Layne worked as a wildlife rehabilitator and medical intern for several years before becoming a licensed veterinary technician (LVT).
Can Humans Get Raccoon Roundworm?
Raccoon roundworm can be acquired by humans from an environment if safety precautions are not taken. I used to rehabilitate raccoons and was required to wear special safety glasses, masks, and booties when cleaning out their enclosures for risk of exposure.
It's important to note that raccoon roundworm or the Baylisascaris procyonis parasite is different but similar to the canine roundworm or Toxocara canis. Canine roundworm can be cleared with routine prevention whereas raccoon roundworm cases serious neurological symptoms in dogs, humans, etc.
The Sources of Raccoon Roundworm
What Is Roundworm?
Raccoons are a definitive host of Baylisascaris procyonis, a parasitic roundworm of zoonotic potential; zoonosis implies the ability to infest humans. Raccoons are peridomestic (habituated to people) and therefore carry the parasite in close proximity to humans, dogs, and cats. Birds and small mammals act as intermediate hosts for raccoon roundworm as well humans. B. procyonis, however, cannot complete its life cycle in the human body.
Note: Infestation is generally used to refer to disease-causing parasites whereas infection is used to refer to disease-causing microorganisms (bacteria, viruses).
Where Is Roundworm Found?
Roundworm is found throughout the United States (North America), Europe, and Japan—specifically the midwestern and northeastern states and the west coast. It is not commonly found in the southern states.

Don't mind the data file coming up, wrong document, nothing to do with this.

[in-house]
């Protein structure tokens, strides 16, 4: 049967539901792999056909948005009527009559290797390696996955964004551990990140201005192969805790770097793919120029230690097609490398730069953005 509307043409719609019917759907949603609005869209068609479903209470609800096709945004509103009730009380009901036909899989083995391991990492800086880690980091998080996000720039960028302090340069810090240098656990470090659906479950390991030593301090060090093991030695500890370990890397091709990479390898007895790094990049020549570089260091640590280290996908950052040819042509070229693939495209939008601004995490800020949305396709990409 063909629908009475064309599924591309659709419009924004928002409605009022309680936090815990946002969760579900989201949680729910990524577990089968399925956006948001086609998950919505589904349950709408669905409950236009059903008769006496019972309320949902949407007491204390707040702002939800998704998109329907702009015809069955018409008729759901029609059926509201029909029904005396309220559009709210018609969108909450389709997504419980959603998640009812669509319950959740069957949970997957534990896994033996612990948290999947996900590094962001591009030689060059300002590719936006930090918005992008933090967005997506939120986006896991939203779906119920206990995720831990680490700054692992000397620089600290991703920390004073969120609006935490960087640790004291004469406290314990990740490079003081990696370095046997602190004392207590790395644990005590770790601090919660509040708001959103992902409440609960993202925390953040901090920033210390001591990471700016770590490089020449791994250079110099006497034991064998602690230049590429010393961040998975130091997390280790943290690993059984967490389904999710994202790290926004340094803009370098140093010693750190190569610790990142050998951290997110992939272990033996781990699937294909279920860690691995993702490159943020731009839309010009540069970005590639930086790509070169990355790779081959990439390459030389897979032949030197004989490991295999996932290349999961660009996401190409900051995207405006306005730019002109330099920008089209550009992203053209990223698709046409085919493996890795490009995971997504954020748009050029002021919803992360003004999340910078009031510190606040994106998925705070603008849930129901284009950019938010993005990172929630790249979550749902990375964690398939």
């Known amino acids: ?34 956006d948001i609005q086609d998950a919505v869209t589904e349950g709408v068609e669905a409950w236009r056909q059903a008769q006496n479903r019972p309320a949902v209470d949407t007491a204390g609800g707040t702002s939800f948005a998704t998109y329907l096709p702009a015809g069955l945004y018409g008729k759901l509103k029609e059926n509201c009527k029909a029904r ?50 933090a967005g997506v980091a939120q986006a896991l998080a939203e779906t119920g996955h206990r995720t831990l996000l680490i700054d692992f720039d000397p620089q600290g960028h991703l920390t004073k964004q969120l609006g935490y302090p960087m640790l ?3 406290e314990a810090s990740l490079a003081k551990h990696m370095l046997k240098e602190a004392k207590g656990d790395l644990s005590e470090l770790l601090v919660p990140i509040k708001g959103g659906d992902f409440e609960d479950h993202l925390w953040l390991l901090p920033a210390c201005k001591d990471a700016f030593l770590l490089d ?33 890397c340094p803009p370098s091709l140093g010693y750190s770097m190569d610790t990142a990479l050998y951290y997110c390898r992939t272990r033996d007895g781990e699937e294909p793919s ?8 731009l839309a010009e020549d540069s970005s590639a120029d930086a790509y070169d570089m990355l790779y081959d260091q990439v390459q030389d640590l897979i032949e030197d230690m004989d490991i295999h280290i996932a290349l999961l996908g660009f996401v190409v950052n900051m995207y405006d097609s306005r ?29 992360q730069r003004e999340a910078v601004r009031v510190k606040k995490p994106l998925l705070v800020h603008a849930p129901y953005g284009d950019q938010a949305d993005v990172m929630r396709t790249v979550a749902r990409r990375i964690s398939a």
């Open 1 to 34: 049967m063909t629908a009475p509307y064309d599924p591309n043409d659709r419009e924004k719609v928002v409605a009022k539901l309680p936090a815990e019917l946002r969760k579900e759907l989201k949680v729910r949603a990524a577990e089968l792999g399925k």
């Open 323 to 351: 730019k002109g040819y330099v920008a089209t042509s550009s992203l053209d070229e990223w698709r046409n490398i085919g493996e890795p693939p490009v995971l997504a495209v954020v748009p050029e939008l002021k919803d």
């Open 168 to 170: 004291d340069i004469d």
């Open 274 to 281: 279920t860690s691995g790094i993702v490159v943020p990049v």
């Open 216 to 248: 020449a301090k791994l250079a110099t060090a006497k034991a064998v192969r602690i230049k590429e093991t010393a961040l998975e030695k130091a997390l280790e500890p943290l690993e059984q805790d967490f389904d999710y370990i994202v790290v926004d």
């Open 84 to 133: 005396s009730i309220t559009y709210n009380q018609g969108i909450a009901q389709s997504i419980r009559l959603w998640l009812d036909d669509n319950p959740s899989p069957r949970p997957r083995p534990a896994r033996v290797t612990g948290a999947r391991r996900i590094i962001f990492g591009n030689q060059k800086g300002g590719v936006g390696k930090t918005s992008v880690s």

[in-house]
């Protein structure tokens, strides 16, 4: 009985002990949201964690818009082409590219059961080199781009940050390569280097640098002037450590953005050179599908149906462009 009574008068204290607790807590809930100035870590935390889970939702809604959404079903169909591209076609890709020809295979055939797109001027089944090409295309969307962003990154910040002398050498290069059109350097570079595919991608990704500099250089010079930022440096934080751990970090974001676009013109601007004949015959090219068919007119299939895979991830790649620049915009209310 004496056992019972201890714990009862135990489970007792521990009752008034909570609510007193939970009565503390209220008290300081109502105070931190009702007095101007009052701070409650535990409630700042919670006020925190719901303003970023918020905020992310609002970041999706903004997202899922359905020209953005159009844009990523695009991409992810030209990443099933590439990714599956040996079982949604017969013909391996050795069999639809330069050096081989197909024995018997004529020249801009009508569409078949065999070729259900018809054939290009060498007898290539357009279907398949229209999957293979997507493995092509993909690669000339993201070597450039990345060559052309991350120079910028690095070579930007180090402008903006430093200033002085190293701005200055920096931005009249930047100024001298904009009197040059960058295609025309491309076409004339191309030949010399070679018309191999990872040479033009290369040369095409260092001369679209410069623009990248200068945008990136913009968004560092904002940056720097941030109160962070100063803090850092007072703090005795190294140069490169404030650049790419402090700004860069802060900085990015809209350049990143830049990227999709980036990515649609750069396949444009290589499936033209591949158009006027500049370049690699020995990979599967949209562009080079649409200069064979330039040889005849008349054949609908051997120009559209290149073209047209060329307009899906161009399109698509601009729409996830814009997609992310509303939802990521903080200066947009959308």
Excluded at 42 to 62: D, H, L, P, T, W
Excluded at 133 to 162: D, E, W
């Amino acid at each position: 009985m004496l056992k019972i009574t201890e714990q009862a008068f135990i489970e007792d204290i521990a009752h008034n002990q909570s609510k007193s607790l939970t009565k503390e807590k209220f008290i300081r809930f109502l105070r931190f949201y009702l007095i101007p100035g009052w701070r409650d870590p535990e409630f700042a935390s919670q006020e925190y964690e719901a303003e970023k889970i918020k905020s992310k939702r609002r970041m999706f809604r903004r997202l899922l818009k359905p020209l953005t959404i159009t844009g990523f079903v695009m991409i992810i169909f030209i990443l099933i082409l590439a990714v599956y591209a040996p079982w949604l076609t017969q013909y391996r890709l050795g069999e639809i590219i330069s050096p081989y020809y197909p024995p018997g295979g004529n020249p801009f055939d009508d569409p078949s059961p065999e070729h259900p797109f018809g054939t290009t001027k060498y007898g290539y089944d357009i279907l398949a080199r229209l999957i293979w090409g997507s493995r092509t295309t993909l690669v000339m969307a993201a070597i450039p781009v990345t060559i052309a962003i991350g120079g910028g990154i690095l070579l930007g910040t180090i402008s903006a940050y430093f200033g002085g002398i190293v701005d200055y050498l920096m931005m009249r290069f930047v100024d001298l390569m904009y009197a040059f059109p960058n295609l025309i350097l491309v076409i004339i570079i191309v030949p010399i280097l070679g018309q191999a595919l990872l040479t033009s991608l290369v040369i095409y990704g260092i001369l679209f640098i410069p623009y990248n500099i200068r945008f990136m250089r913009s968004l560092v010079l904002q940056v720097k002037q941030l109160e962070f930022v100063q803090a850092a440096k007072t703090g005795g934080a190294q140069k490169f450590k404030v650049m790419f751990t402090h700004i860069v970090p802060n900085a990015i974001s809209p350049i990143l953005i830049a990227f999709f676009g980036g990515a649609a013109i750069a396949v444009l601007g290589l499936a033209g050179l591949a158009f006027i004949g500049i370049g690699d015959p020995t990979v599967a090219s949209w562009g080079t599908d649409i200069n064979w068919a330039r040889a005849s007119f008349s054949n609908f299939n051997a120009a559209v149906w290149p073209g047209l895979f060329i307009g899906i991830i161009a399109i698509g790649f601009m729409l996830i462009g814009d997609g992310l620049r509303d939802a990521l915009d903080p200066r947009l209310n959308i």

Where Do Raccoons Like to Live?
Raccoons are a species well-adapted to urban, suburban, and rural settings. They often scavenge for food sourced from garbage cans, bird feeders, and pet food. Raccoons seek out:
- wooden decks
Because raccoons seek out human-made constructions for residency, this puts them in proximity to humans and canine companions.
Sources of Contamination
Raccoons take to latrines (the deposit and accumulation of feces and urine). Raccoon feces are dark, tube-shaped, and have a pungent odor. The feces contain bones, fruits, vegetables, and scavenged bits of garbage.
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How Can You Get Roundworm From Your Pets?
Young children are particularly at risk of an infestation as are dogs. Soil, water, and objects that are contaminated with fecal material and roundworm eggs are direct sources. Ingestion is the most common method of transmission via hand-to-mouth (or the consumption of contaminated soil, fruits, and vegetables).
The eggs are hardy and can survive in the environment and stay viable and infective for years. Eggs take 2-4 weeks to embyronate and become infective. 20,000 to 26,000 eggs are shed in each gram of feces (in the millions daily).
What If My Dog Has Roundworm?
Dogs can be infected and not show signs. Deworming of your pet is necessary for prevention. Common dewormers include pyrantel pamoate and fenbendazole. Dogs can shed the eggs or harbor a patent infestation (sexually mature adult infestations). Dogs are also indiscriminate defecators, so their stool may be distributed throughout the yard and pose a risk to humans.
What Are the Signs and Symptoms of Roundworm in Humans?
The roundworm is known to migrate (neural larva migrans). In humans, the large and hardy worms hatch in the small intestine, penetrate through the lungs and enter systemic circulation via the left side of the heart. The liver, heart, lungs, brain, eyes, spinal cord, and other organ tissues are concurrently damaged. Dogs are infected in a similar manner. Common symptoms in humans include: